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THE MAHABHARATA ADI PARVA
When they saw they had no rivals (in the three worlds), they gave up all exertion and devoted their time to pleasure and merriment, like the celestials. They experienced great happiness by giving themselves up to every kind of enjoyment, such as women, and perfumes and floral wreaths and viands, and drinks and many other agreeable objects all in profusion. In houses and woods and gardens, on hills and in forests, wherever they liked they passed their time in pleasure and amusement, like the immortals.
And it so happened that one day they went for purposes of pleasure to a tableland of the Vindhya range, perfectly level and stony, and overgrown with blossoming trees. After every object of desire, all of the most agreeable kind, had been brought, the brothers sat on an excellent seat, with happy hearts and accompanied by handsome women. And those damsels, desirous of pleasing the brothers, commenced a dance in accompaniment to music, and sweetly chanted many a song in praise of the mighty pair.’
“Meanwhile Tilottama attired in a single piece of red silk that exposed all her charms, came along, plucking wild flowers on her way. She advanced slowly to where those mighty Asuras were. The Asura brothers, intoxicated with the large portions they had imbibed, were smitten upon beholding that maiden of transcendent beauty.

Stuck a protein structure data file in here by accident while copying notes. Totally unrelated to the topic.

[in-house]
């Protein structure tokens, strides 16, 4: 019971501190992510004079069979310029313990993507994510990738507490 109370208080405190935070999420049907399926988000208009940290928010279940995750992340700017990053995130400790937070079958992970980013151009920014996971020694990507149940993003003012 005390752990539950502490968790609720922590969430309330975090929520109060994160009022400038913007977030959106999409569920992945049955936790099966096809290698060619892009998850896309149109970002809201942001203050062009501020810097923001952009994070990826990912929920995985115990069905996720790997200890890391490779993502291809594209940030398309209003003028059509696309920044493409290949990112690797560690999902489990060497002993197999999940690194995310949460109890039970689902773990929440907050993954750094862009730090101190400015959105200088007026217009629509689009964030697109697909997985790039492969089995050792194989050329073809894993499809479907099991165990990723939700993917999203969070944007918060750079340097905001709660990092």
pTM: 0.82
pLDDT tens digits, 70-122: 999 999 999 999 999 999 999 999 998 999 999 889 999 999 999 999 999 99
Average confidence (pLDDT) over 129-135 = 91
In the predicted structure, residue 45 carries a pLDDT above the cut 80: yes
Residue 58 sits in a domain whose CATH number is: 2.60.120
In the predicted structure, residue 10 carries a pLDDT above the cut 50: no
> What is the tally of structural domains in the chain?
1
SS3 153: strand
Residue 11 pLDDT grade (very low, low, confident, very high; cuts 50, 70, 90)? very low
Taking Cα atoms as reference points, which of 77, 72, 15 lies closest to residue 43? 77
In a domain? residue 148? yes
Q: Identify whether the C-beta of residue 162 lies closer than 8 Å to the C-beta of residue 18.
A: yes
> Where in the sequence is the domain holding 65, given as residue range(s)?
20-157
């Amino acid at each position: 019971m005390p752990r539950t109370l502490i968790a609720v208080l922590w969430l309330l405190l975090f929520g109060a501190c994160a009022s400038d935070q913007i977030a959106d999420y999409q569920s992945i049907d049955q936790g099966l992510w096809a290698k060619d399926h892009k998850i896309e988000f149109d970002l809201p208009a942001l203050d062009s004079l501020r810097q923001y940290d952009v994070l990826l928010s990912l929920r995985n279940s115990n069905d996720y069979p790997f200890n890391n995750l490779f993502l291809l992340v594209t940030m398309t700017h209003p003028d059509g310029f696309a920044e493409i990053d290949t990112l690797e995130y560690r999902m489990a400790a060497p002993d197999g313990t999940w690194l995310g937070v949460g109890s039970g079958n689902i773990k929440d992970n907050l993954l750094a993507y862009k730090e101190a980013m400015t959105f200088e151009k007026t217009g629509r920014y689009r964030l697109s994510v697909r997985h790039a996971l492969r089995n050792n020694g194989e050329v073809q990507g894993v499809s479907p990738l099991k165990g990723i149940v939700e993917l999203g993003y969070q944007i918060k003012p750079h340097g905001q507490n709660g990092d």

Leaving their seats they went quickly to where the damsel was. Both of them being under the influence of lust, each sought the maiden for himself. And Sunda seized that maid of fair brows by her right hand. Intoxicated with the boons they had obtained, with physical might, with the wealth and gems they had gathered from every quarter, and with the wine they had drunk, maddened with all these, and influenced by wishful desire, they addressed each other, each contracting his bow in anger, ‘She is my wife, and therefore your superior,’ said Sunda. ‘She is my wife, and therefore your sister-in-law’, replied Upasunda. And they said unto each other, ‘She is mine not yours.’ And soon they were under the influence of rage. Maddened by the beauty of the damsel, they soon forgot their love and affection for each other. Both of them, deprived of reason by passion, then took up their fierce maces.
Each repeating, I was the first, I was the first,’ (in taking her hand) struck the other. And the fierce Asuras, struck by each other with the mace, fell down upon the ground, their bodies bathed in blood, like two suns dislodged from the firmament. And beholding this, the women that had come there, and the other Asuras there present, all fled away trembling in grief and fear, and took refuge in the nether regions. The Grandsire himself of pure soul, then came there, accompanied by the celestials, and the great Rishis. And the illustrious Grandsire applauded Tilottama and expressed his wish of granting her a boon.